Chutia, M., Bhuyan, P., Pathak, M.G., Sama, T.C., and Boruah, P. 2009. Antifungal activity and chemical composition of Citrus reticulata Blanco essential oil against phytopathogens from North East India. LWT-Food Science and Technology 42, pp. 777-780.
El-Zemity, S., Radwan, M., El-Monam Mohamed, and Sherby, S. 2008. Antibacterial screening of some essential oils, monoterpenes and novel N-methyl carbamates based on monoterpenoids against Agrobacterium tumefaciens and Erwinia carotovora. Archives of Phytopathology and Plant Protection 41(6), pp. 451-461.
Fisher, K. and Phillips, C.A. 2006. The effect of lemon, orange, and bergamot essential oils and their components on the survival of Campylobacter jejuni, Escherichia coli 0157, Listeria monocytogenes, Bacillus cereus and Staphylococcus aureus in vitro and in food systems. Journal of Applied Microbiology 101, pp. 1232-1240.
Helander, I.M., Alakomi, H., Latva-Kala, K., Mattila-Sandholm, T., Pol, I., Smid, E.J., Gorris, L., von Wright, A. 1998. Characterization of the action of selected essential oil components on gram-negative bacteria. Journal of Agricultural and Food Chemistry 46 (9), pp. 3590-3595.
Jurgens, A. 2010. Chemical diversity and biological functions of plant volatiles. South African Journal of Botany 76, pp. 607-611.
Kishore, G., and Pande, S. 2007. Evaluation of essential oils and their components for braod-spectrum antifungal activity and control of late leaf spot and crown rot diseases in peanut. The American Phytopathological Society: Plant Disease 91 (4), pp. 375-379.
Leca, J., Gunst, N. and Petit, O. 2007. Social aspects of fur-rubbing in Cebus capucinus and C. apella. International Journal of Primatology 28, pp. 807-817.
Mendonca, A., Silva, C., Mesquita, F., Campos, R., Nascimento, R., Ximenes, E., and Sant’Ana, A. 2009. Antimicrobial activities of components of the glandular secretions of leaf cutting ants of the genus Atta. Antonie van Leeuwenhoek 95, pp. 295-303.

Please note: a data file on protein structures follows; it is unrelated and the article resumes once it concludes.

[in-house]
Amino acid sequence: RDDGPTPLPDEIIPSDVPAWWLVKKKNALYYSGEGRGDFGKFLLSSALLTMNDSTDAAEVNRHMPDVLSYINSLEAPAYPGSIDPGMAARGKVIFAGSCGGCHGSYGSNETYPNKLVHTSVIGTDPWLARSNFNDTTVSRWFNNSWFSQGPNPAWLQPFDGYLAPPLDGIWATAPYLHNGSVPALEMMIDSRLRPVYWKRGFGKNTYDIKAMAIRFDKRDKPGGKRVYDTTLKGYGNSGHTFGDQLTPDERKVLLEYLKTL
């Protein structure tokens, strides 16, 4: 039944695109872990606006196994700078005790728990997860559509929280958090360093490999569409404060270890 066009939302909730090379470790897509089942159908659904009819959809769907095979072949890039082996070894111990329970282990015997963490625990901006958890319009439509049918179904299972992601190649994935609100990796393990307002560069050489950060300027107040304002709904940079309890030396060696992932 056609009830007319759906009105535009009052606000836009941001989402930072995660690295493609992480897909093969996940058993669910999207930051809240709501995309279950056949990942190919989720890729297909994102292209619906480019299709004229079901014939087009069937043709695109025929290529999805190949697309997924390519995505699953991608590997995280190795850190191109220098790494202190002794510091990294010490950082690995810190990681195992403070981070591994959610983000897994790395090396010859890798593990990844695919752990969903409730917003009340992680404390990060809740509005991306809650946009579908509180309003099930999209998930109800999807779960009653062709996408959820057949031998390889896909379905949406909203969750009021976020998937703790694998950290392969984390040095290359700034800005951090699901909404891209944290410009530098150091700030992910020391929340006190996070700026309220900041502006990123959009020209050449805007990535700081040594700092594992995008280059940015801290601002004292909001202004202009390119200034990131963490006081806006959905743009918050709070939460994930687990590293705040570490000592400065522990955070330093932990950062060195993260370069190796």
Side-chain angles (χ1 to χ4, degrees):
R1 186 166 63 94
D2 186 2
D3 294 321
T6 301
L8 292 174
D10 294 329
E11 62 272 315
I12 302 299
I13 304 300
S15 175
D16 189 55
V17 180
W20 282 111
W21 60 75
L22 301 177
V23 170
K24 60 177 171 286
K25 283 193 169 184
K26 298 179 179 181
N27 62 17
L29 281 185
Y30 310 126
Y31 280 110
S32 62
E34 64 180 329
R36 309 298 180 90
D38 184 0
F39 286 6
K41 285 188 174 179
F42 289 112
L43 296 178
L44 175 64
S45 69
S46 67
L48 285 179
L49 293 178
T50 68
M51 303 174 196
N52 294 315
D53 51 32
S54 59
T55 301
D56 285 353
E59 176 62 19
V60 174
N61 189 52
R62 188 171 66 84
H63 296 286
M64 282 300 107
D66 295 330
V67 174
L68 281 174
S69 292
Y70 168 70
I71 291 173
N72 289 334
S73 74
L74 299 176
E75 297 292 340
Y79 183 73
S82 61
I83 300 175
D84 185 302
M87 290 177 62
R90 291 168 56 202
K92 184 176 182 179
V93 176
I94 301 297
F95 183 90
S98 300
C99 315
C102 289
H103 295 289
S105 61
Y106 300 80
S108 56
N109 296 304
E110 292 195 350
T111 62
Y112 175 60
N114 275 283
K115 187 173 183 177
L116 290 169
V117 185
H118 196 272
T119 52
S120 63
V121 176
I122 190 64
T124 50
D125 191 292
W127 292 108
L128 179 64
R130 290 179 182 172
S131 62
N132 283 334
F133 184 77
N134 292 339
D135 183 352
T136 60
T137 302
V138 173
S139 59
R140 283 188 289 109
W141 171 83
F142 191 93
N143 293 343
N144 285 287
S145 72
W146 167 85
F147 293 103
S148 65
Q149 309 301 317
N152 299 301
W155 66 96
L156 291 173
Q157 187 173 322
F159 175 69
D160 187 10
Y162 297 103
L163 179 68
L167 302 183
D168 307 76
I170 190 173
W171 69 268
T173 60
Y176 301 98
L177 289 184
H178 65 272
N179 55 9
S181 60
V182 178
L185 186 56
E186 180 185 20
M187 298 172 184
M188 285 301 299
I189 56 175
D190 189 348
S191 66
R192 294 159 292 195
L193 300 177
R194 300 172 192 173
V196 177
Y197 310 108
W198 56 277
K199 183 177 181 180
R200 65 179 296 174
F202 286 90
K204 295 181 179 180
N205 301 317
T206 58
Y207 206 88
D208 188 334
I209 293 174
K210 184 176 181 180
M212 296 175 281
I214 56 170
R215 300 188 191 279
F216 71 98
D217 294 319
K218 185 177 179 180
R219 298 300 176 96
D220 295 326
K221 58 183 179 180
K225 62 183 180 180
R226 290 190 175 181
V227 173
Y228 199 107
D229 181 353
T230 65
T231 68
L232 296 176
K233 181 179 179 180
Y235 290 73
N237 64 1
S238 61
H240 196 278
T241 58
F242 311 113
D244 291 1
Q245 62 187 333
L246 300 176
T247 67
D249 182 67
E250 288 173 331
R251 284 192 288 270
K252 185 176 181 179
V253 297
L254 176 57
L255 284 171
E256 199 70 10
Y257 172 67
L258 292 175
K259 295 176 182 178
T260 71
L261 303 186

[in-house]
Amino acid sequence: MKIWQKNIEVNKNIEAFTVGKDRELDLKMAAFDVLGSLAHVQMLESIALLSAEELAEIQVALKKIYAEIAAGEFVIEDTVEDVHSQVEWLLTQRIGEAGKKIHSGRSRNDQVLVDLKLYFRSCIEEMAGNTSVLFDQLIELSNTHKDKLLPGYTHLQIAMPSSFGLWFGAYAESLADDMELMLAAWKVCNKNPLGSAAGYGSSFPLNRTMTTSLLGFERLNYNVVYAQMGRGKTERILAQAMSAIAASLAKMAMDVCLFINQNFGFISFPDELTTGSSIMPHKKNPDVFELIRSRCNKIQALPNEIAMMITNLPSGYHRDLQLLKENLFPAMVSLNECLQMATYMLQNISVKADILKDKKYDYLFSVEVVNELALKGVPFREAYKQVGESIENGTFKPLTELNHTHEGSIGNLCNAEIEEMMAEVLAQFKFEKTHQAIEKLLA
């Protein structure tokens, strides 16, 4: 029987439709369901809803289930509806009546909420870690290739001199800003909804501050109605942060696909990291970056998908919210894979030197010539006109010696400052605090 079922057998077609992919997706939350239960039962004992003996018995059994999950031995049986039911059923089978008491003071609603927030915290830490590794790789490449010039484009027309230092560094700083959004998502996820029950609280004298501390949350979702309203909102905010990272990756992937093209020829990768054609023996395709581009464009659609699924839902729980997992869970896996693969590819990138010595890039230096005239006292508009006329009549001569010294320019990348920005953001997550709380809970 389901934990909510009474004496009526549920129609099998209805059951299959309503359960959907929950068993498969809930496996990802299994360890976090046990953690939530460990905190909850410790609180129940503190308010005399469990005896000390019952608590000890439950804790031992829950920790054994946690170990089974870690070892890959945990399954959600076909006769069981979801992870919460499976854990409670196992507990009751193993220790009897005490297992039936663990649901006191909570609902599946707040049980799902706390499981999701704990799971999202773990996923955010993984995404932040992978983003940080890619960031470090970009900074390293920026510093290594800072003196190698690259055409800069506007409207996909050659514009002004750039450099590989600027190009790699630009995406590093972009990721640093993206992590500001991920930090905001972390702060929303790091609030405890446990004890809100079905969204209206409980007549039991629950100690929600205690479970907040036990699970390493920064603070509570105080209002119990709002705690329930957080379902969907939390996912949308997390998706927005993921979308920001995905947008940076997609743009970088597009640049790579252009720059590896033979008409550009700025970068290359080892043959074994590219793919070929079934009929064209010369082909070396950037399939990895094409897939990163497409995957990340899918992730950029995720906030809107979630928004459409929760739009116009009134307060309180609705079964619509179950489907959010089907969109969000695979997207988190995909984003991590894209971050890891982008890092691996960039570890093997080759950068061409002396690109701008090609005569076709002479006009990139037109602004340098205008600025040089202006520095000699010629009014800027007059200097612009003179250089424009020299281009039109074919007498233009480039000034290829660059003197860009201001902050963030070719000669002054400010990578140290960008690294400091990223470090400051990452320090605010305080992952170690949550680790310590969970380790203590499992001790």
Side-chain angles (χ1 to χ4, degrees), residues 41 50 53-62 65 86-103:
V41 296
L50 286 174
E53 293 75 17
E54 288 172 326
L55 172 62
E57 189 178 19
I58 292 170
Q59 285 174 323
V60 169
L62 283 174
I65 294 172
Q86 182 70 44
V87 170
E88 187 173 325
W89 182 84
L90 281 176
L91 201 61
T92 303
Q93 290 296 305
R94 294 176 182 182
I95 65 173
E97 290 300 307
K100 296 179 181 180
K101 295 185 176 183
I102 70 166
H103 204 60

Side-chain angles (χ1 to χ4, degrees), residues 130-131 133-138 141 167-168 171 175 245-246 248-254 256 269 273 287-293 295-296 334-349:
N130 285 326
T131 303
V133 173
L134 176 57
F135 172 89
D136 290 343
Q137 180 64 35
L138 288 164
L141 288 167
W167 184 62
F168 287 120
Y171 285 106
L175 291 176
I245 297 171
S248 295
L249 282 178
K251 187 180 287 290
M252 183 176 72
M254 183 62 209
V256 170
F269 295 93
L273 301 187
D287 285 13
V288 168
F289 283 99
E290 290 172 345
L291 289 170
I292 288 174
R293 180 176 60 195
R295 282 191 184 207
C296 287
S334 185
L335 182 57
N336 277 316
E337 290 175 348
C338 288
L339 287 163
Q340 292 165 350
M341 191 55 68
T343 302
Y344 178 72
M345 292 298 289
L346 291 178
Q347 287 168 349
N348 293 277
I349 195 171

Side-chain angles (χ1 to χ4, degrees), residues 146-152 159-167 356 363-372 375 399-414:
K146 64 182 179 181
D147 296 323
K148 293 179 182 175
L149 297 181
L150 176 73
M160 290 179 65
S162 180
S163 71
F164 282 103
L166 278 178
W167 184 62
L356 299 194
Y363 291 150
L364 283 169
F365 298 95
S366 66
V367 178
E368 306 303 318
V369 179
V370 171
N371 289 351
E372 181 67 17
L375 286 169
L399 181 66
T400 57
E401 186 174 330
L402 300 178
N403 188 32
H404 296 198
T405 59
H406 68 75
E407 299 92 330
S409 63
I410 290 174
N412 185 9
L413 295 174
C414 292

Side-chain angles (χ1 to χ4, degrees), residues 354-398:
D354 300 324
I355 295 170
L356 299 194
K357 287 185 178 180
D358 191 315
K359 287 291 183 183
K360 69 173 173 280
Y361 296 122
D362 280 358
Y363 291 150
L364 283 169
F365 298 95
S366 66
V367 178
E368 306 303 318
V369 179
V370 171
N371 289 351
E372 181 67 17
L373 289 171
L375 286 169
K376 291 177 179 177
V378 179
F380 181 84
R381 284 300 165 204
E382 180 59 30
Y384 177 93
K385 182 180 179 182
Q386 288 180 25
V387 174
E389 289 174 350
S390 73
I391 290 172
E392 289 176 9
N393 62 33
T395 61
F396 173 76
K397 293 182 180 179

Nature News. 2003. Citrus smell attracts seabirds.
Nazzaro, F., Fratianni, F., Martino, L., Coppola, R., and Feo, V. 2013. Effect of essential oils on pathogenic bacteria. Pharmaceuticals 6, pp. 1451-1474.
Petit, C., McKey, M., Perret, P., Blondel, J., Lambrechts, M. 2002. Blue tits use selected plants and olfaction to maintain an aromatic environment for nestlings. Ecology Letters 5, pp. 585-589.
Stevic, T., Beric, T., Savikin, K., Sokovic, M., Godevac, D., Dimkic, I., and Stankovic, S. 2014. Antifungal activity of selected essential oils against fungi isolated from medicinal plant. Industrial Crop and Products 55, pp. 116-122.
Tabti, L., Dib, M., Djabou, N., Benyelles, N., Paolini, J., Costa, J., Muselli, A. 2014. Control of fungal pathogens of Citrus sinensis L. by essential oil and hydrosol of Thymus capitatus L. Journal of Applied Botany and Food Quality 87, pp. 279-285.
Tao, N., and Zhou, L. 2014. Anti-fungal activity of Citrus reticulata Blanco essential oil against Penicillium italicum and Penicillium digitatum. Food Chemistry 153, pp. 265-271.
Weldon, P., Carroll, J. Kramer, M., Bedoukian, R., Coleman, R., and Bernier, U. 2011. Anointing chemicals and hematophagous arthropods: Responses by ticks and mosquitoes to citrus (Rutaceae) peel exudates and monoterpene components. Journal of Chemical Ecology 37, pp. 348-359.
Zimen, E. 1981. The wolf: A species in danger. Delacorte, New York.